Category - Food Science Basics

Food chemistry starts with atoms, molecules, drawings these molecules and then looking at their reactions. In this series we focus on food chemistry theory. Instead of actively applying food chemistry to certain reactions or phenomenon, we try to explain the basics here. They should provide just that little extra of background information to properly apply food chemistry on food around you.

Or have a look at: all posts on food chemistry, those focused on colour, or browning reactions.

Or take our food science basics course which also covers the essentials of food chemistry!

sedimentation experiment chocolate milk 10 min

Chocolate milk & Sedimentation

Nothing fits a good wintery day better than a warm chocolate milk, don’t you agree? The heat of the milk warms you up just a little and it gives you enough of a boost of energy to get going again. It’s a...

sauerkraut, ready for fermentation

Lactic acid fermentation in food

Yogurt, sauerkraut, pickles, none of these products would exist without lactic acid fermentation. This is a series of chemical reactions that transforms your ingredients into something pretty different (and delicious)...

fresh fruits on the cheesecak, ready for the last bake

Colours in fruits & vegetables

Fruits and vegetables have a great wide variety of colours. The spectrum goes from orange to purple to green to bright red. It’s amazing how nature has developed all these bright and beautiful colours. In most...

rock sugar kandijsuiker

Rock sugar, Bastognekoeken & Sugar crystallization

In the Netherlands we have this one cookie type that’s used for a lot of different dishes. They’re popular for use in cookie pie crusts, ice cream and a bunch of other recipes. Their name: Bastognekoeken...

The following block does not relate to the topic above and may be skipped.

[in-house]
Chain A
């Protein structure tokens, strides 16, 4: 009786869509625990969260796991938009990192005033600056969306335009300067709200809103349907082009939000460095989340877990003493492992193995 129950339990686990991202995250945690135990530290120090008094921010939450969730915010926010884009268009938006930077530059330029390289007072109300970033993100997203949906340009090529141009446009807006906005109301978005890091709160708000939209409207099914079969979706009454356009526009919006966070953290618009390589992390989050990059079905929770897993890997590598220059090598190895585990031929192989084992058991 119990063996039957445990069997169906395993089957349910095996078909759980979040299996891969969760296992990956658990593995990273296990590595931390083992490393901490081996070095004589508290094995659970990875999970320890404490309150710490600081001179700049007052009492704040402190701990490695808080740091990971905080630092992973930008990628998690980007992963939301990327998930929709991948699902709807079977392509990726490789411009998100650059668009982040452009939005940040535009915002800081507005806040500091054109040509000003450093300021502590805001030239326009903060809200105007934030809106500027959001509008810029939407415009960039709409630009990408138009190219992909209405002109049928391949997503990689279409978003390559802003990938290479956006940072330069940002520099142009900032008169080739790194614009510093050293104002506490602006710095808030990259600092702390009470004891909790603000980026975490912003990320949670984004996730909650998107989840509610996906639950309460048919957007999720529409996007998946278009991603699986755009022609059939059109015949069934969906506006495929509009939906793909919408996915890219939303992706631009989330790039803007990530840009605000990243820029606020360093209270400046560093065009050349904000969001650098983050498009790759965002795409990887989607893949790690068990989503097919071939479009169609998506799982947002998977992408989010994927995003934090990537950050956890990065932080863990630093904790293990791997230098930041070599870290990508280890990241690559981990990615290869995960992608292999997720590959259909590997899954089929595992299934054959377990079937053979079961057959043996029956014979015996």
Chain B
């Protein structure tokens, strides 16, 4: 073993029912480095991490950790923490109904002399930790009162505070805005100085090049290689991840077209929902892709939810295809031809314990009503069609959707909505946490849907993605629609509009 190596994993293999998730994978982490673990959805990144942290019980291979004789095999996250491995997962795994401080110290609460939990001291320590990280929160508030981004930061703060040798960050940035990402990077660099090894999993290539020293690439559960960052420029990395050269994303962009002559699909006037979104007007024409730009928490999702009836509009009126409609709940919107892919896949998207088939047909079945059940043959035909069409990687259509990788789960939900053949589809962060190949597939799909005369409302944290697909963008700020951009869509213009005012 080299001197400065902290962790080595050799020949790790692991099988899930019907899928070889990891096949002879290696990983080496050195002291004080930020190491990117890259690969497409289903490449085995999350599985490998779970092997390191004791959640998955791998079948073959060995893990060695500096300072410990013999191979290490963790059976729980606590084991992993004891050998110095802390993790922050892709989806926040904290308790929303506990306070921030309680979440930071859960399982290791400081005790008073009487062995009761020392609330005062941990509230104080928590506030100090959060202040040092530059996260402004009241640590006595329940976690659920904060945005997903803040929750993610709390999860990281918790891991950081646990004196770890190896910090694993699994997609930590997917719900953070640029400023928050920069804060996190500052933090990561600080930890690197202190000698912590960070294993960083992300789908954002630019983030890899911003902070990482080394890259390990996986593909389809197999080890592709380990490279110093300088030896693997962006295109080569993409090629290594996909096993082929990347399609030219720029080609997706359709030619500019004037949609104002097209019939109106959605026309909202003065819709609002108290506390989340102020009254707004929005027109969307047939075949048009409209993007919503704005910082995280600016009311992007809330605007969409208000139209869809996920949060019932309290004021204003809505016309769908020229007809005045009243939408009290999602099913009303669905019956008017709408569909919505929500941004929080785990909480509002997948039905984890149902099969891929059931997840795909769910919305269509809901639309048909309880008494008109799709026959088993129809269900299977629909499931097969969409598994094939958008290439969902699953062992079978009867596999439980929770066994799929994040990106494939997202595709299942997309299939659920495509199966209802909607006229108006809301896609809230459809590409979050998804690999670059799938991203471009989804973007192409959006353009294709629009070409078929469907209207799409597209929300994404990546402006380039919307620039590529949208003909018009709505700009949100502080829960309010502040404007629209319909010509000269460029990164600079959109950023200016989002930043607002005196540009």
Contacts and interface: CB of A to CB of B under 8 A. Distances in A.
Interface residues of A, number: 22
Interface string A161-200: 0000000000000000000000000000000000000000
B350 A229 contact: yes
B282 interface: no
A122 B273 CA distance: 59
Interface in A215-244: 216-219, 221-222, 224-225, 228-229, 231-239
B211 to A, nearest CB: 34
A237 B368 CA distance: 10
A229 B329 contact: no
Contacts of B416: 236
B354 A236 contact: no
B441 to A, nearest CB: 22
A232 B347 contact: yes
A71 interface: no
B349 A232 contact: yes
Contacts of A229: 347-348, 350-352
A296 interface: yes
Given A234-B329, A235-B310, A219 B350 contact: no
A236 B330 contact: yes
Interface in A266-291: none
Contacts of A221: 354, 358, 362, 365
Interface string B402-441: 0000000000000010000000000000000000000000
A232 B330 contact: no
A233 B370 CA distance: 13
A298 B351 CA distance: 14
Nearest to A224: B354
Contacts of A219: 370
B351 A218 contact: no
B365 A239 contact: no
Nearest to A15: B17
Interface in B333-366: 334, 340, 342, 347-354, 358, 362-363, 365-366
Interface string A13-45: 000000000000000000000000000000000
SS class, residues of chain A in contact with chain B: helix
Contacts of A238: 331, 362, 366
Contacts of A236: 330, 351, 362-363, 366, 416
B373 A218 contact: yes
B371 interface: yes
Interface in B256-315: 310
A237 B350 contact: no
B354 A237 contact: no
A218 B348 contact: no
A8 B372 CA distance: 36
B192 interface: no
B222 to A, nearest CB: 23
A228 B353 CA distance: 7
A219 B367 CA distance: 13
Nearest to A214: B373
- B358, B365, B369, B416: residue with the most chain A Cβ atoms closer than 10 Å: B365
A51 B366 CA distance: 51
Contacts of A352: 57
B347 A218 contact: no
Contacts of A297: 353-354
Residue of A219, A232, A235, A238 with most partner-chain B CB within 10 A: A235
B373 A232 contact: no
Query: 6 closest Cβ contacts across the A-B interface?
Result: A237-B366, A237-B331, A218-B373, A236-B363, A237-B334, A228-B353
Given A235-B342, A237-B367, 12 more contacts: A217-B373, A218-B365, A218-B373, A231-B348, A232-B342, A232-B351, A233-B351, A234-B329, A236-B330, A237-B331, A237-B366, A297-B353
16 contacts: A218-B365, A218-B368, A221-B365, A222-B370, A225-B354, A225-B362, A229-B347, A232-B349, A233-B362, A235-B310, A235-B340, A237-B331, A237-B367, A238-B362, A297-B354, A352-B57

chocolate and peanut butter dessert pouring over caramel sm

Sugar cooking & Temperature stages

Whenever making caramel, marshmallows, honeycomb or just about any other sugar candy you’ll often find that recipe either tells you to boil a sugar syrup to a certain temperature. Or, they’ll tell you to...

olive oil ice cream, super smooth

Freezing point depression (in ice cream)

Why is an ice cube rock solid whereas a scoop of Italian gelato is almost liquid like? Even a ‘simple’ popsicle isn’t as hard as a  pure water ice cube. Instead you can bite some off quite easily...

Food chemistry basics - what are emulsifiers

What are emulsifiers (in food)?

Ever tried to make a simple dressing of olive oil and balsamic vinegar? Noticed that it’s impossible to keep these two mixed without continuously stirring or adding something like mustard? Wondered how food...

Food chemistry basics - hydrophobic vs hydrophilic

Understanding hydrophilicity vs. hydrophobicity for food

Sometimes a term might be so familiar to you that you use it all the time, whereas another person, who doesn’t know that term, has no idea what you’re talking about. When talking about science that can be...